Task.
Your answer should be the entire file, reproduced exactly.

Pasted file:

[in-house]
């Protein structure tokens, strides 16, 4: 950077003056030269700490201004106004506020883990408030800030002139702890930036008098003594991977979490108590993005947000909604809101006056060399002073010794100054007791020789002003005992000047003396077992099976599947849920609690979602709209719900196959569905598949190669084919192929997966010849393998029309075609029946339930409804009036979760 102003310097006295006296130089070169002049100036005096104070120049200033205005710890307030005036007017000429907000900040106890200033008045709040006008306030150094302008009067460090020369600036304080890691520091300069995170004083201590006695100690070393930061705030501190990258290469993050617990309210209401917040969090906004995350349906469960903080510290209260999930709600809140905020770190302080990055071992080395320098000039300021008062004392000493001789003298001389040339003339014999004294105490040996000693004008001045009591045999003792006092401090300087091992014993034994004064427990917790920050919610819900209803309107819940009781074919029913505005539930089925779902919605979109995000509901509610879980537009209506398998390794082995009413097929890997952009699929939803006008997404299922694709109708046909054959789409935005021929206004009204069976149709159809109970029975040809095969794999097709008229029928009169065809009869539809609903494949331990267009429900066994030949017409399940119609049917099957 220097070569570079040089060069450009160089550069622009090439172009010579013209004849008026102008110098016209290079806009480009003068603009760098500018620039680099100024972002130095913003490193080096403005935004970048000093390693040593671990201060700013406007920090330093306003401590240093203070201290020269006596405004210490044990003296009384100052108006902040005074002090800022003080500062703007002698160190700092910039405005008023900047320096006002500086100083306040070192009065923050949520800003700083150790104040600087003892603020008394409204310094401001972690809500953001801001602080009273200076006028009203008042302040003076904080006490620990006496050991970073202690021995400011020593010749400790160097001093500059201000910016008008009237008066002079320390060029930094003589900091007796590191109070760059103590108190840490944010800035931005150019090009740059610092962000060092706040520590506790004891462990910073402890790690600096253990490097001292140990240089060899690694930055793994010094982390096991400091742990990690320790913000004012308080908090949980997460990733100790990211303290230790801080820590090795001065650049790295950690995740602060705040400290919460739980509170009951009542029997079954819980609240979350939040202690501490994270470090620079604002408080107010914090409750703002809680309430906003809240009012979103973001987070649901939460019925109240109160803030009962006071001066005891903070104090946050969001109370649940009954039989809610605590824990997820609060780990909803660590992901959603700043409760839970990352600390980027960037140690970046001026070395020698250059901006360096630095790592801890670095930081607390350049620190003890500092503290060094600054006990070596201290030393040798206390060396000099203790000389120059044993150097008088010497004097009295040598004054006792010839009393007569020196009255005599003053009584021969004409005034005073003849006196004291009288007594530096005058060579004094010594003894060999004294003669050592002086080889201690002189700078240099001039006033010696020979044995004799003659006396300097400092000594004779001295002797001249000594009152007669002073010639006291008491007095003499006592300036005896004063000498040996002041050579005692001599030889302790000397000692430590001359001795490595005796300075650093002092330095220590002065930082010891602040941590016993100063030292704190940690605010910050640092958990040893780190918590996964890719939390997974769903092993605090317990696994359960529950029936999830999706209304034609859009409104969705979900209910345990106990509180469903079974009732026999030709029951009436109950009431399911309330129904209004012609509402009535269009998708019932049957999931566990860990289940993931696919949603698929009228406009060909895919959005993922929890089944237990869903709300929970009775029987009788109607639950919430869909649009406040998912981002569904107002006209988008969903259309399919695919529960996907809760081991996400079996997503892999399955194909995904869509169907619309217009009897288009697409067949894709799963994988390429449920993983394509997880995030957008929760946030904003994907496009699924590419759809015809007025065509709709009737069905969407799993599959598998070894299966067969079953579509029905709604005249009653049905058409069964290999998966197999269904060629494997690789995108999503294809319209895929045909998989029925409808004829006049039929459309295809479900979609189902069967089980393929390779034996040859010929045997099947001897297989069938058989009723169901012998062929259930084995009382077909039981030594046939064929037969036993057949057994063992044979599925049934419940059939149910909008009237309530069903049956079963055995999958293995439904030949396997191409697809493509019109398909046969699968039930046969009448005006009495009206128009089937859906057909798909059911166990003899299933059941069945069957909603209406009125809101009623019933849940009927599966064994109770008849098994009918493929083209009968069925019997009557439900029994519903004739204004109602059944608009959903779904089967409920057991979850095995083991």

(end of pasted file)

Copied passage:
[in-house]
């Protein structure tokens, strides 16, 4: 950077003056030269700490201004106004506020883990408030800030002139702890930036008098003594991977979490108590993005947000909604809101006056060399002073010794100054007791020789002003005992000047003396077992099976599947849920609690979602709209719900196959569905598949190669084919192929997966010849393998029309075609029946339930409804009036979760 102003310097006295006296130089070169002049100036005096104070120049200033205005710890307030005036007017000429907000900040106890200033008045709040006008306030150094302008009067460090020369600036304080890691520091300069995170004083201590006695100690070393930061705030501190990258290469993050617990309210209401917040969090906004995350349906469960903080510290209260999930709600809140905020770190302080990055071992080395320098000039300021008062004392000493001789003298001389040339003339014999004294105490040996000693004008001045009591045999003792006092401090300087091992014993034994004064427990917790920050919610819900209803309107819940009781074919029913505005539930089925779902919605979109995000509901509610879980537009209506398998390794082995009413097929890997952009699929939803006008997404299922694709109708046909054959789409935005021929206004009204069976149709159809109970029975040809095969794999097709008229029928009169065809009869539809609903494949331990267009429900066994030949017409399940119609049917099957 220097070569570079040089060069450009160089550069622009090439172009010579013209004849008026102008110098016209290079806009480009003068603009760098500018620039680099100024972002130095913003490193080096403005935004970048000093390693040593671990201060700013406007920090330093306003401590240093203070201290020269006596405004210490044990003296009384100052108006902040005074002090800022003080500062703007002698160190700092910039405005008023900047320096006002500086100083306040070192009065923050949520800003700083150790104040600087003892603020008394409204310094401001972690809500953001801001602080009273200076006028009203008042302040003076904080006490620990006496050991970073202690021995400011020593010749400790160097001093500059201000910016008008009237008066002079320390060029930094003589900091007796590191109070760059103590108190840490944010800035931005150019090009740059610092962000060092706040520590506790004891462990910073402890790690600096253990490097001292140990240089060899690694930055793994010094982390096991400091742990990690320790913000004012308080908090949980997460990733100790990211303290230790801080820590090795001065650049790295950690995740602060705040400290919460739980509170009951009542029997079954819980609240979350939040202690501490994270470090620079604002408080107010914090409750703002809680309430906003809240009012979103973001987070649901939460019925109240109160803030009962006071001066005891903070104090946050969001109370649940009954039989809610605590824990997820609060780990909803660590992901959603700043409760839970990352600390980027960037140690970046001026070395020698250059901006360096630095790592801890670095930081607390350049620190003890500092503290060094600054006990070596201290030393040798206390060396000099203790000389120059044993150097008088010497004097009295040598004054006792010839009393007569020196009255005599003053009584021969004409005034005073003849006196004291009288007594530096005058060579004094010594003894060999004294003669050592002086080889201690002189700078240099001039006033010696020979044995004799003659006396300097400092000594004779001295002797001249000594009152007669002073010639006291008491007095003499006592300036005896004063000498040996002041050579005692001599030889302790000397000692430590001359001795490595005796300075650093002092330095220590002065930082010891602040941590016993100063030292704190940690605010910050640092958990040893780190918590996964890719939390997974769903092993605090317990696994359960529950029936999830999706209304034609859009409104969705979900209910345990106990509180469903079974009732026999030709029951009436109950009431399911309330129904209004012609509402009535269009998708019932049957999931566990860990289940993931696919949603698929009228406009060909895919959005993922929890089944237990869903709300929970009775029987009788109607639950919430869909649009406040998912981002569904107002006209988008969903259309399919695919529960996907809760081991996400079996997503892999399955194909995904869509169907619309217009009897288009697409067949894709799963994988390429449920993983394509997880995030957008929760946030904003994907496009699924590419759809015809007025065509709709009737069905969407799993599959598998070894299966067969079953579509029905709604005249009653049905058409069964290999998966197999269904060629494997690789995108999503294809319209895929045909998989029925409808004829006049039929459309295809479900979609189902069967089980393929390779034996040859010929045997099947001897297989069938058989009723169901012998062929259930084995009382077909039981030594046939064929037969036993057949057994063992044979599925049934419940059939149910909008009237309530069903049956079963055995999958293995439904030949396997191409697809493509019109398909046969699968039930046969009448005006009495009206128009089937859906057909798909059911166990003899299933059941069945069957909603209406009125809101009623019933849940009927599966064994109770008849098994009918493929083209009968069925019997009557439900029994519903004739204004109602059944608009959903779904089967409920057991979850095995083991």